Starbucks to stop selling music CDs

By the end of March, Starbucks will no longer sell music CDs but will continue to offer digital downloads and the Starbucks Digital Network via free Wi-Fi. 

Ted S. Warren/AP/File
This Seattle Starbucks barista, Jay Rapp, will no longer be selling music CDs by the end of March, but Starbucks' free WiFi digital network will still be available.

But … now where are we going to get our adult-alternative fix with a venti vanilla latte?

Starbucks says it will stop selling music CDs at its 21,000 locations, instead focusing on digital downloads.

A Starbucks spokesperson told Billboard that the physical CDs are going away at the end of March.

“Starbucks continually seeks to redefine the experience in our retail stores to meet the evolving needs of our customers,” the spokesperson said. “Music will remain a key component of our coffeehouse and retail experience, however we will continue to evolve the format of our music offerings to ensure we’re offering relevant options for our customers.”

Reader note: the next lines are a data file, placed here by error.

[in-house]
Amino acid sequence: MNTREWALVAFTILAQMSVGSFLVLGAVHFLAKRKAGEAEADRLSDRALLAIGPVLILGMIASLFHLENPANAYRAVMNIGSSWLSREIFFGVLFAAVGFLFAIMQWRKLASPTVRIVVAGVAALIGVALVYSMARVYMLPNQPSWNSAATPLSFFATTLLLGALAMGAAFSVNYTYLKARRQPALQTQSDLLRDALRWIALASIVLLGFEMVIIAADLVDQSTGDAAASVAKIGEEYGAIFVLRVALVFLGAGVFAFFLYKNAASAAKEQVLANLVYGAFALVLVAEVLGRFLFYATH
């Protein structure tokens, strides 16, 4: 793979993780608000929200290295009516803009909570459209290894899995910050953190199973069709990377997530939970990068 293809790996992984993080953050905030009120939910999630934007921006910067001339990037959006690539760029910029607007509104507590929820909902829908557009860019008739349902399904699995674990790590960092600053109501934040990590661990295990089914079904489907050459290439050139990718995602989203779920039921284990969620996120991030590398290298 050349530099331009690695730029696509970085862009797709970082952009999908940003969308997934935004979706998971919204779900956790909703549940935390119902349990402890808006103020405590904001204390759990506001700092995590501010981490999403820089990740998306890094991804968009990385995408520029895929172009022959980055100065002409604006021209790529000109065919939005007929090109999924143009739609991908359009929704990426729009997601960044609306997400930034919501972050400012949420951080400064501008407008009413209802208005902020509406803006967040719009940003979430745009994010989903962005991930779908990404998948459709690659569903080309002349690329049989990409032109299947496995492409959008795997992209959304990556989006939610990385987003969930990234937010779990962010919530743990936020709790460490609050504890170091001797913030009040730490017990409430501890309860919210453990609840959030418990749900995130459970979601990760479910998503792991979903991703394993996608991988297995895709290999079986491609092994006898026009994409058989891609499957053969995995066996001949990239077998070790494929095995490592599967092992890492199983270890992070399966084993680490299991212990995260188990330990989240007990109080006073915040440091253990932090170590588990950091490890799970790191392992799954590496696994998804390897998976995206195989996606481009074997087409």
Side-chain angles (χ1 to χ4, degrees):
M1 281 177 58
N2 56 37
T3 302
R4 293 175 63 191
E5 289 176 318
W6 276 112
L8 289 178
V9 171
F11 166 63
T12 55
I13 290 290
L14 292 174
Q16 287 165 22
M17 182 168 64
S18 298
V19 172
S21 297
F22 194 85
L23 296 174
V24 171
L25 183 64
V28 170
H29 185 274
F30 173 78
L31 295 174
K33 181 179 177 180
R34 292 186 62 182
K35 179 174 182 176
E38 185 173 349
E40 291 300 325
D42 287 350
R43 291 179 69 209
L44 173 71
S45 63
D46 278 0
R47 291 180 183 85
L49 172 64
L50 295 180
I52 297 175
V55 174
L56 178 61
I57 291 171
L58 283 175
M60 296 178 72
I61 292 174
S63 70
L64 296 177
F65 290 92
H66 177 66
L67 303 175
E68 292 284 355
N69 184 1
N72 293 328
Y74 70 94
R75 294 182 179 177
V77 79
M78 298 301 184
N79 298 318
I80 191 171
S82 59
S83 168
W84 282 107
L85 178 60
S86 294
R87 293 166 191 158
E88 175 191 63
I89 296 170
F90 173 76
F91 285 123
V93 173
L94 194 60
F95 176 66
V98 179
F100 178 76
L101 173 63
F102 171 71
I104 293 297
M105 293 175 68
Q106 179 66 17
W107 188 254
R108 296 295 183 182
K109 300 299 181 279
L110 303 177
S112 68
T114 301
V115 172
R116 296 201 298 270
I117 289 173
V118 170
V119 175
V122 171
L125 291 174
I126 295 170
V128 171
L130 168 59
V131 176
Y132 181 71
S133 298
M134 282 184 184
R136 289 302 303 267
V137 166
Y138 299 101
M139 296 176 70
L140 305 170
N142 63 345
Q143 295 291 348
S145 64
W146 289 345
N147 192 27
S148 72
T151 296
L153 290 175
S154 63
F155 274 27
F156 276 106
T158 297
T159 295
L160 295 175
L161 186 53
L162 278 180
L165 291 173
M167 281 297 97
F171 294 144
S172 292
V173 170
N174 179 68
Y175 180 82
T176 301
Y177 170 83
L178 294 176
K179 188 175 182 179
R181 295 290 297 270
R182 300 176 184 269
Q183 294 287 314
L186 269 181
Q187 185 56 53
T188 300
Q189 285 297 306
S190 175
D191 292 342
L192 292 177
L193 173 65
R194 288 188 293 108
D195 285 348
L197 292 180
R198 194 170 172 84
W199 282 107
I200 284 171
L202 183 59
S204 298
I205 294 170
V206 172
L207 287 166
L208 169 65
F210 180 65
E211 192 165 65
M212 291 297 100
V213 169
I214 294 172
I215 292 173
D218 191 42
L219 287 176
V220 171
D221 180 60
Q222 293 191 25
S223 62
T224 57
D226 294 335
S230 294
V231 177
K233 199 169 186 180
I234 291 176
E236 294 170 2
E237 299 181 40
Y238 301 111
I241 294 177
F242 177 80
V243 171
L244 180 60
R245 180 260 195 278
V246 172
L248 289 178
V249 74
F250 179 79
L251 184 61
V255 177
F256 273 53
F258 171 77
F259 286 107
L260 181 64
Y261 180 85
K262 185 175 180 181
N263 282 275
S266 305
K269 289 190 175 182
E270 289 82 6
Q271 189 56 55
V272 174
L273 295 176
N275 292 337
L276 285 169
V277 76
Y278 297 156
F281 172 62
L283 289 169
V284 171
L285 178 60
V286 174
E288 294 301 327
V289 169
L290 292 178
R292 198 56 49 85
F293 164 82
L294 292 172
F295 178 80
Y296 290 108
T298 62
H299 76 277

Until now, the company has stocked 20 or fewer titles at a time to sell — often by coffeehouse-friendly singer-songwriters or themed compilations.

Billboard reports that, in 2006, Starbucks sold 3.2 million CDs for more than $65 million in revenue. But sales have been slipping since then, and sales dipped 15% in 2014.

Starbucks presumably will continue offering free music downloads. The chain’s stores also offer the Starbucks Digital Network via free Wi-Fi. The network features music videos amid a roster of other content.

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